The issue of drink-related violence and injuries is too prevalent in our society. Men – and it is largely men, though not exclusively – frequently come by injury while in drink. They are abusive, they threaten paramedics, they punch fists through glass and cause extensive, self-inflicted injuries. The problem is all-too-familiar.
Paramedics across our region deal with such episodes on a daily basis, though their time might be much better spent on attending other incidents caused through medical emergency or unavoidable accident. A high proportion of the calls received by paramedics have alcohol at their root cause. The nation has a problem with drink that has become increasingly evident during recent times.
The pandemic has stretched resources like never before. Emergency services receive frequent calls to save the lives of those with chronic respiratory infections as Covid is reluctant to relinquish its grip. Then there are the incidents that paramedics might in ordinary times be expected to deal with. There are accidents and medical emergencies, they are all in a day’s work.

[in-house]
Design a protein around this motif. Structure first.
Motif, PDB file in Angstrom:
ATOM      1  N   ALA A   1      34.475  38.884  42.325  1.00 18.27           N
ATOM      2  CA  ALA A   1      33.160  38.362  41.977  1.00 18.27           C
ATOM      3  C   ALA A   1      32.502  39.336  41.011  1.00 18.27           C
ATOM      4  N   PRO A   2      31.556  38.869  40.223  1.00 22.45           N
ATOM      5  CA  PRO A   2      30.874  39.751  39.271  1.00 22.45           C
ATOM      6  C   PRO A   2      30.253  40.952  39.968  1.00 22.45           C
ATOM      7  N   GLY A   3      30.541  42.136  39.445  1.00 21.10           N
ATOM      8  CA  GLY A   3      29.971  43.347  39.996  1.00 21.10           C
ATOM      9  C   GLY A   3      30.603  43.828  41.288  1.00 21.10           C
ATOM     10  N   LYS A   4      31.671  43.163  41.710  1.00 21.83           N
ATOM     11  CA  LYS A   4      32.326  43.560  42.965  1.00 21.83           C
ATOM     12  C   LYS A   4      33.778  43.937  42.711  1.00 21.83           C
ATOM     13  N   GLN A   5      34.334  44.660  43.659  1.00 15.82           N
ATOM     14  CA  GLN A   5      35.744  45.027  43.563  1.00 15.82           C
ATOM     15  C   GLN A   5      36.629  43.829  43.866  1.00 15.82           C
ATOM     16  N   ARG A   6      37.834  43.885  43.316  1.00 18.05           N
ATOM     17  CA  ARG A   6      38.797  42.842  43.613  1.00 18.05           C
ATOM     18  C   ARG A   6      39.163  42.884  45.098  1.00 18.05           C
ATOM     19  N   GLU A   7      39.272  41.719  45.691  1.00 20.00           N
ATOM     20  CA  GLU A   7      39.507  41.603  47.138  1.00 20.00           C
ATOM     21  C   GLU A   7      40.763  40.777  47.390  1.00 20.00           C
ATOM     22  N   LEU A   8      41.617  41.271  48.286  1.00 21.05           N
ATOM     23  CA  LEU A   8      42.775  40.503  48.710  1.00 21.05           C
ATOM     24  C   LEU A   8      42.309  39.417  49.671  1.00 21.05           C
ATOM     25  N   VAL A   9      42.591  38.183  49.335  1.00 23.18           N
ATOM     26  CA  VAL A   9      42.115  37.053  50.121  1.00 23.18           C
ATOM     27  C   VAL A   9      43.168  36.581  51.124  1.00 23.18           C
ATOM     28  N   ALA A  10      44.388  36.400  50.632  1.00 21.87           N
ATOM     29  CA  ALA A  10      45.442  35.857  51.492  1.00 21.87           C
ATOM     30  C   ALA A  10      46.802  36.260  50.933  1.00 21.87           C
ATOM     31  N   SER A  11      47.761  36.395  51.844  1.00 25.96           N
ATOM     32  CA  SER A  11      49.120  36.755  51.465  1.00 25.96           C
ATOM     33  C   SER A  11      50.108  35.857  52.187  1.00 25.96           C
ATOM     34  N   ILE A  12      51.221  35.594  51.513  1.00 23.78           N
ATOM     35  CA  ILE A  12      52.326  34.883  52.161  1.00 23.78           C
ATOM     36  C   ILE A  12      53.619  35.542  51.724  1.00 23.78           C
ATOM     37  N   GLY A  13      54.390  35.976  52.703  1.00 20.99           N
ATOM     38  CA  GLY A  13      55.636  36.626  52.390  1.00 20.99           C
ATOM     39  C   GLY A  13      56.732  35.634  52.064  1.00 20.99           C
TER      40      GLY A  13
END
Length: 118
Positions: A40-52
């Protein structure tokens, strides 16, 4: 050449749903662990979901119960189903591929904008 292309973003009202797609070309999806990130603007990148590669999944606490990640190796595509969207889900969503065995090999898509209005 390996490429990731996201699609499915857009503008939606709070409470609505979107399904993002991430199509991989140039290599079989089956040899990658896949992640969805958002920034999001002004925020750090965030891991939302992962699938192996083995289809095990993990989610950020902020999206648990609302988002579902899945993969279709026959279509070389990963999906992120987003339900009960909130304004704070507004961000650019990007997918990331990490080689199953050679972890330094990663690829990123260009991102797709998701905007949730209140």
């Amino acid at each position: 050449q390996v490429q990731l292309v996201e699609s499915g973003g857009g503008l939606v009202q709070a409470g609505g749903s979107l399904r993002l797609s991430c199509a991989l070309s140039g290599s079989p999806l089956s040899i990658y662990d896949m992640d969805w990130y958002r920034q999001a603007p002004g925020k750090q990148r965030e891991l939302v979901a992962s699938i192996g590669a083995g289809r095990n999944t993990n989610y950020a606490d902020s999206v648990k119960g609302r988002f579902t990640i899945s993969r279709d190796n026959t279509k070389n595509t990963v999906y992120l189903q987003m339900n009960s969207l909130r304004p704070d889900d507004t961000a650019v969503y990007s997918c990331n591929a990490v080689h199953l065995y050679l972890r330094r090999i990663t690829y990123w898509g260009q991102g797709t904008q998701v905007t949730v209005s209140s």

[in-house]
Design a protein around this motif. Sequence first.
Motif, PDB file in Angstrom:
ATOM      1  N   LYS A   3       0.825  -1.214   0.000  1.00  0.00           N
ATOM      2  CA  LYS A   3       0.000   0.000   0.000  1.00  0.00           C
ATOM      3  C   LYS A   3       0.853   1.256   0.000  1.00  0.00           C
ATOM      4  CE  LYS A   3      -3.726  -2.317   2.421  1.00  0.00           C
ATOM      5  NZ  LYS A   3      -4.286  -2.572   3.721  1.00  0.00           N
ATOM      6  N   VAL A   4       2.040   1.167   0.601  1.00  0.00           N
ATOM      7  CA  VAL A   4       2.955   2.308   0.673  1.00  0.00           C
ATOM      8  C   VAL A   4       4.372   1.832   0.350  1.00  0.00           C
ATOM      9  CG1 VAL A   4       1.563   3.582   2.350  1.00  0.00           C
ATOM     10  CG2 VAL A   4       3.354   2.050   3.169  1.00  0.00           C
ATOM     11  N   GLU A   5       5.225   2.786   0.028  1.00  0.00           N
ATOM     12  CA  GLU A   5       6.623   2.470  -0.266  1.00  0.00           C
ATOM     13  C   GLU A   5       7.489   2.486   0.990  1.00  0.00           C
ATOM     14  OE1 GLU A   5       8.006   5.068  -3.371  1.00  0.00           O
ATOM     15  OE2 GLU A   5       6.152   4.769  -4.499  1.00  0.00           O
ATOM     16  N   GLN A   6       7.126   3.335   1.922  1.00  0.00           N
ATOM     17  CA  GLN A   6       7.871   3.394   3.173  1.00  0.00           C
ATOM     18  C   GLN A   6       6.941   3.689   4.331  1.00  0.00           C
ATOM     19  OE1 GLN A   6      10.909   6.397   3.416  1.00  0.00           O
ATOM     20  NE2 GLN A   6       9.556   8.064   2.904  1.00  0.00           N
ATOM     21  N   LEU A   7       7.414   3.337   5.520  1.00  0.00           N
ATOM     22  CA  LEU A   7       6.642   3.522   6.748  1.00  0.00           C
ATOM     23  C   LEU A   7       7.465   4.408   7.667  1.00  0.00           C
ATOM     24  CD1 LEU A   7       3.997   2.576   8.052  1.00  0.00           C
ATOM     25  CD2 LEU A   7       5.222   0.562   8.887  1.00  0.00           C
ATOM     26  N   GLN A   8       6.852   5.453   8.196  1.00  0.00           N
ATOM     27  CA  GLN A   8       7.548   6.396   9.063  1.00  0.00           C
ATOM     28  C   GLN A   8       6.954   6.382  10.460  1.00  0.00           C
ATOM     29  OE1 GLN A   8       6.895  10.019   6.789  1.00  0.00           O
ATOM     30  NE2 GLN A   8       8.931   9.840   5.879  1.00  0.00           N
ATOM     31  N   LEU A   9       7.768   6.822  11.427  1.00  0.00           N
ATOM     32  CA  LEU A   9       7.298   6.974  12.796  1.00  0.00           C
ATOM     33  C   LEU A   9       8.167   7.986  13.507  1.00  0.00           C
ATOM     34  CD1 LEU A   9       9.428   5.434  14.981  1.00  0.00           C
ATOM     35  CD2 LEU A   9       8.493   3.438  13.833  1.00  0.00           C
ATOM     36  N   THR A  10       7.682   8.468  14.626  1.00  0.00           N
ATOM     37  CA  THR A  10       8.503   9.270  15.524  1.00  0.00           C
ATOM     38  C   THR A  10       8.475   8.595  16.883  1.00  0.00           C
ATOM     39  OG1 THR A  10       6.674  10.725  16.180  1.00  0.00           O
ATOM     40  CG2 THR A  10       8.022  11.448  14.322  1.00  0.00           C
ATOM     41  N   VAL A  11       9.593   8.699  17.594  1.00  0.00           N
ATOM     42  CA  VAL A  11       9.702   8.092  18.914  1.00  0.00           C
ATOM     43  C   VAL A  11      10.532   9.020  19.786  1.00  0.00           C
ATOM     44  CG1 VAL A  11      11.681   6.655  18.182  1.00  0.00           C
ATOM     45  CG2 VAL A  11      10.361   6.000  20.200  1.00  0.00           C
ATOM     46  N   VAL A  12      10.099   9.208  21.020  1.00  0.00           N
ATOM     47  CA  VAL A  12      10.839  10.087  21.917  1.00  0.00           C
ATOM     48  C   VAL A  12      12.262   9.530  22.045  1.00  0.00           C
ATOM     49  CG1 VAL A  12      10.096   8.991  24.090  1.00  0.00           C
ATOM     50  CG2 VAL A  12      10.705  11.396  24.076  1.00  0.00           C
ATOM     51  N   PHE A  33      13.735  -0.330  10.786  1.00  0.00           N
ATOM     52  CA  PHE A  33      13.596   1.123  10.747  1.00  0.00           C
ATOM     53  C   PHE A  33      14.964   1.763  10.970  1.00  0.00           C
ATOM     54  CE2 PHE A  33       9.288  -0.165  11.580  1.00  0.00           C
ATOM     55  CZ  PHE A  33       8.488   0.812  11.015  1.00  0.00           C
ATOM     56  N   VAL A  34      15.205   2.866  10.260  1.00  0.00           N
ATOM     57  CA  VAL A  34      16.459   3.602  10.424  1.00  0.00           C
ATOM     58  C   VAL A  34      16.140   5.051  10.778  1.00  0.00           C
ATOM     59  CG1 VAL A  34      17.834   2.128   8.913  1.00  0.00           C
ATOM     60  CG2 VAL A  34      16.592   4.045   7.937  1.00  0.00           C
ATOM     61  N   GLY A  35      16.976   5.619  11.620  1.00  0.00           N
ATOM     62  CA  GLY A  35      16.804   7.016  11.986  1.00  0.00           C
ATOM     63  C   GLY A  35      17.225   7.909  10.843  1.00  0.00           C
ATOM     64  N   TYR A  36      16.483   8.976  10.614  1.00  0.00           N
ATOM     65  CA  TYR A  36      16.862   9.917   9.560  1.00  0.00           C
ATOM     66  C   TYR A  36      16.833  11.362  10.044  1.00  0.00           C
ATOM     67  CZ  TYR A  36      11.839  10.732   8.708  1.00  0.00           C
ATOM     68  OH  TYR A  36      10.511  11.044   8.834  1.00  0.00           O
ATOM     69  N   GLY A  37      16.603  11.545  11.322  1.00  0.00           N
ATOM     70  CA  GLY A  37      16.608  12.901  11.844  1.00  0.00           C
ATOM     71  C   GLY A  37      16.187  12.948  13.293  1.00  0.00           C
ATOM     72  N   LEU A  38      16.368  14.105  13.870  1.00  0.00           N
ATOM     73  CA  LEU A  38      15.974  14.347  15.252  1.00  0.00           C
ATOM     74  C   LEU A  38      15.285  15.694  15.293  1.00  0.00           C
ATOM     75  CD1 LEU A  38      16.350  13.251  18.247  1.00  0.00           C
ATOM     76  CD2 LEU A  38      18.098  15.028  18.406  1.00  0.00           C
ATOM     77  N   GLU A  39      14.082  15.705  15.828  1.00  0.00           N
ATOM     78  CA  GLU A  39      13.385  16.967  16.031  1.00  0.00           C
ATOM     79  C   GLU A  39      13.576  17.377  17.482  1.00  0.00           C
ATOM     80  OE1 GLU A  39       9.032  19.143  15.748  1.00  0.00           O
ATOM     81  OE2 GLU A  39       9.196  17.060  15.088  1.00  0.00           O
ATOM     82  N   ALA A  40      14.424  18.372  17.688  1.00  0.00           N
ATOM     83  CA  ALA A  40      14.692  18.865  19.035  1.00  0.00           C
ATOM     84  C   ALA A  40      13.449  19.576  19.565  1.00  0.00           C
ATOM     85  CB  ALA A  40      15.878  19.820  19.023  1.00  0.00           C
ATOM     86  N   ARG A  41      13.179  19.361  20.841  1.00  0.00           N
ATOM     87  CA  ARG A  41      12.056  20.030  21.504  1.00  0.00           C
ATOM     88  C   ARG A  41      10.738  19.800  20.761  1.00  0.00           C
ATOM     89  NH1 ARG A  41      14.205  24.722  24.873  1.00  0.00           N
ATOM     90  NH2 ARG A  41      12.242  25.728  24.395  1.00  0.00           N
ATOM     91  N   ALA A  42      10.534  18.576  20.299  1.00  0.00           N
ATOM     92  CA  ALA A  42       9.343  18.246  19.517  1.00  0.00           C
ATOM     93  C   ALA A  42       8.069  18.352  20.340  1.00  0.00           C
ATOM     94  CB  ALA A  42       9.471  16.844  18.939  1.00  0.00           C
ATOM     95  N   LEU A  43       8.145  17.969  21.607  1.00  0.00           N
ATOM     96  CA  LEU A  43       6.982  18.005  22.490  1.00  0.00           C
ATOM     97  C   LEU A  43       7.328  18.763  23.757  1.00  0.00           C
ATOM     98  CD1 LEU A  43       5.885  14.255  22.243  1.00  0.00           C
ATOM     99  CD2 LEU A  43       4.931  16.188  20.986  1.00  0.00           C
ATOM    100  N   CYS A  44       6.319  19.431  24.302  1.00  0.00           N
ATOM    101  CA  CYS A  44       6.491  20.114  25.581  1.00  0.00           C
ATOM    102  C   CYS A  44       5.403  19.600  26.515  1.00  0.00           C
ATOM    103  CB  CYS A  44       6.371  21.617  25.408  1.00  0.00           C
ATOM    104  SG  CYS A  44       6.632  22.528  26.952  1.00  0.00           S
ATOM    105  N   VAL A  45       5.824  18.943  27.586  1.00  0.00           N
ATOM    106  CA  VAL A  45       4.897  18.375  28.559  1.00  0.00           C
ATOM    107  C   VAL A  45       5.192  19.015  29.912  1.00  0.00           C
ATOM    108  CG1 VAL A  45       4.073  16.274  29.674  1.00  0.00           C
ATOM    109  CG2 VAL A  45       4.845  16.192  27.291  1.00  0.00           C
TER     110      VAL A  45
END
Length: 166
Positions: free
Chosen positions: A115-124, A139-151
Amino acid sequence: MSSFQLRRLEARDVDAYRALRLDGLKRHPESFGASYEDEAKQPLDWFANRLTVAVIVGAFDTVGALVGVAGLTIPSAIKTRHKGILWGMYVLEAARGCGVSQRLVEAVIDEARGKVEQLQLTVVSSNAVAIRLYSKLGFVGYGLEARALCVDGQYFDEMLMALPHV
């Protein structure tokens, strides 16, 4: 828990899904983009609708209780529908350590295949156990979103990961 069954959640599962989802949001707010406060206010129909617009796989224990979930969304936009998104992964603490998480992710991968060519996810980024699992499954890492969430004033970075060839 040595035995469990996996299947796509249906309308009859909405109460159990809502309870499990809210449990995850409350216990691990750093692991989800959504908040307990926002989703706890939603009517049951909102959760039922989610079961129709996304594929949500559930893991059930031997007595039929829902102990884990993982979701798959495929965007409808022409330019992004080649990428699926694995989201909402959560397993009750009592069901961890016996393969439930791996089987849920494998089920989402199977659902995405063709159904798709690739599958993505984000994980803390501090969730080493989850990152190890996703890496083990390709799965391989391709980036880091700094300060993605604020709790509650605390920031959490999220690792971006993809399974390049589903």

It is clear the nation needs a better attitude to alcohol. Society is too tolerant of drunkenness, particularly at levels that have a terrible impact on others. Alcohol not only eats into the precious resources of our NHS and particularly the work of paramedics, it also takes too much time from our police. Too many hours are spent dealing with crimes associated with drink, while too little is spent on such low-level crimes as burglary or anti-social behaviour, which frequently have a debilitating effect on victims.
An honest and open conversation is required among the population with the Government, health professionals, experts and the drinks industry.